Our designers worked hand-in-hand with the homeowners and architect Jeff Robertson to create this contemporary masterpiece of Prairie Architecture. We met weekly for a year, collaborating seamlessly and contributing to even the smallest decisions — such as door handles, stains, material specifications, fabrics and colors — so that every detail would harmonize with the strong architectural language of the house.
The structure’s beautiful woodwork and stacked stone piers carry from outside in, creating a dramatic backdrop for each room. Upon entering through a custom Arts & Crafts glass door, visitors are stunned by the double-height water feature with tile mosaic, infused metal and art glass. It’s flanked by art-piece sconces and serves as a backdrop for the walnut and steel floating staircase, with its custom crafted metal stair rail of interwoven branches.
Our team’s touch is evident in the great room, says Jeremiah. “It’s classic Kibler & Kirch. There’s strong symmetry, but we find ways of busting out of that symmetry. The tables are a little different, for instance, and there’s an eclectic collection of fabric on pillows.”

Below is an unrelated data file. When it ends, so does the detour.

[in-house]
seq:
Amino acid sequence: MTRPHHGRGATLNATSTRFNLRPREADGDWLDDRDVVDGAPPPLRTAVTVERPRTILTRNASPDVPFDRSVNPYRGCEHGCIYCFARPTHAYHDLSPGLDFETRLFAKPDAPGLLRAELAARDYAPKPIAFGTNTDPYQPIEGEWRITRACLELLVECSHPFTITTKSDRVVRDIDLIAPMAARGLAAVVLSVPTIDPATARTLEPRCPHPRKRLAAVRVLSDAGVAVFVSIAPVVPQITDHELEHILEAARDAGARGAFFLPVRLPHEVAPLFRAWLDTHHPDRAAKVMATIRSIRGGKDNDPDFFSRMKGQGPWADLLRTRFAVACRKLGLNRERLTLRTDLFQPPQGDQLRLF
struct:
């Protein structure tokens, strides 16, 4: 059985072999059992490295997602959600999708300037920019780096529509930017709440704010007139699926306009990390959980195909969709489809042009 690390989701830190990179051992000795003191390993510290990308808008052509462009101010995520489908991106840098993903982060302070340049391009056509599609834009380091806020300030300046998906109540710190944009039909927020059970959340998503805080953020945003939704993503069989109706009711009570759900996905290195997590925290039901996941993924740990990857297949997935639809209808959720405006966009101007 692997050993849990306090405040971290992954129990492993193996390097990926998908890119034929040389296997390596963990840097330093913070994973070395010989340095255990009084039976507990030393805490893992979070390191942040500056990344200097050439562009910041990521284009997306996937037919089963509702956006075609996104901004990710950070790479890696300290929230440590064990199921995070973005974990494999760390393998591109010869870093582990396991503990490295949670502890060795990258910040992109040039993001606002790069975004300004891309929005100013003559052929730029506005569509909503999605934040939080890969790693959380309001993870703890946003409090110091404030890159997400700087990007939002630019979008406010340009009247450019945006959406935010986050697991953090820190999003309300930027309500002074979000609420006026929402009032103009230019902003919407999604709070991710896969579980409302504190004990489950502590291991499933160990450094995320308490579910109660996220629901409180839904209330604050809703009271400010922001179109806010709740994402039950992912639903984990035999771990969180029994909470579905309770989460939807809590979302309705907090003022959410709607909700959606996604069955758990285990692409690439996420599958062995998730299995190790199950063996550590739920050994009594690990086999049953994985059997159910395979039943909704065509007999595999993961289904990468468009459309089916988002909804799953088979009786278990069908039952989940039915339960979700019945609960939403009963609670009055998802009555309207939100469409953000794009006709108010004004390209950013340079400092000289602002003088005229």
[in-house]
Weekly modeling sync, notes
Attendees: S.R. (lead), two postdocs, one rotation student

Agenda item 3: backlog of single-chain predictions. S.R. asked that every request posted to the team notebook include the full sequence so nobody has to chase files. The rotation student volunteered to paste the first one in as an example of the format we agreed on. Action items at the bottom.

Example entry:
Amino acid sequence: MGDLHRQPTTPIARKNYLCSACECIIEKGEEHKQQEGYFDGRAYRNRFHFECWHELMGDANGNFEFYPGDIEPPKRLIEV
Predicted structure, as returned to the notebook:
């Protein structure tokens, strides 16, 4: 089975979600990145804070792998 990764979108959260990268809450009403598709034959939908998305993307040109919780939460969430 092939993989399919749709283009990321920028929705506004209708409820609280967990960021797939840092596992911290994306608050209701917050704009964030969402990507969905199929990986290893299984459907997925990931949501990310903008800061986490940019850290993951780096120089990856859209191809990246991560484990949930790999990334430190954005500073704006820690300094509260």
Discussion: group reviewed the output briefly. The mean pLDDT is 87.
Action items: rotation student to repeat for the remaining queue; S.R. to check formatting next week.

Stone columns and heavy wood beams define the adjoining spaces of living room and kitchen, with touches of green enlivening the earth-tone palette. The powder room is replete with custom touches in lighting and fixtures and grounded by walnut wainscoting; its custom vanity, inset with an art glass basin, rests on tapered columns. The wine room has a remarkable Greene & Greene-style handcrafted wood door with inset glass and hand-forged hardware. A dedicated office offers a quiet space with built-in bookshelves and a desk handcrafted from a walnut slab with elaborate figuring.
In the master bedroom, we designed a walnut bed with an integrated bench and side tables, all on flared square columns to reference the architecture of the home. Original touches also abound in the spa-like master bath suite. It has custom fixtures and a generously scaled round shower; the sculptural form of the tub set against a tile wall is repeated in the washbasin.
On this project, the collaborative, immersive team approach resulted in a home where the furnishings perfectly complement the architecture. The overall statement is cohesive but still comfortable and ultra livable for day-to-day family life. “The architecture is powerful,” says Jeremiah, “but it’s the warmest-feeling house I’ve ever been in.”
Photos courtesy of Roger Wade.
Check out these images recently published in Big Sky Journal.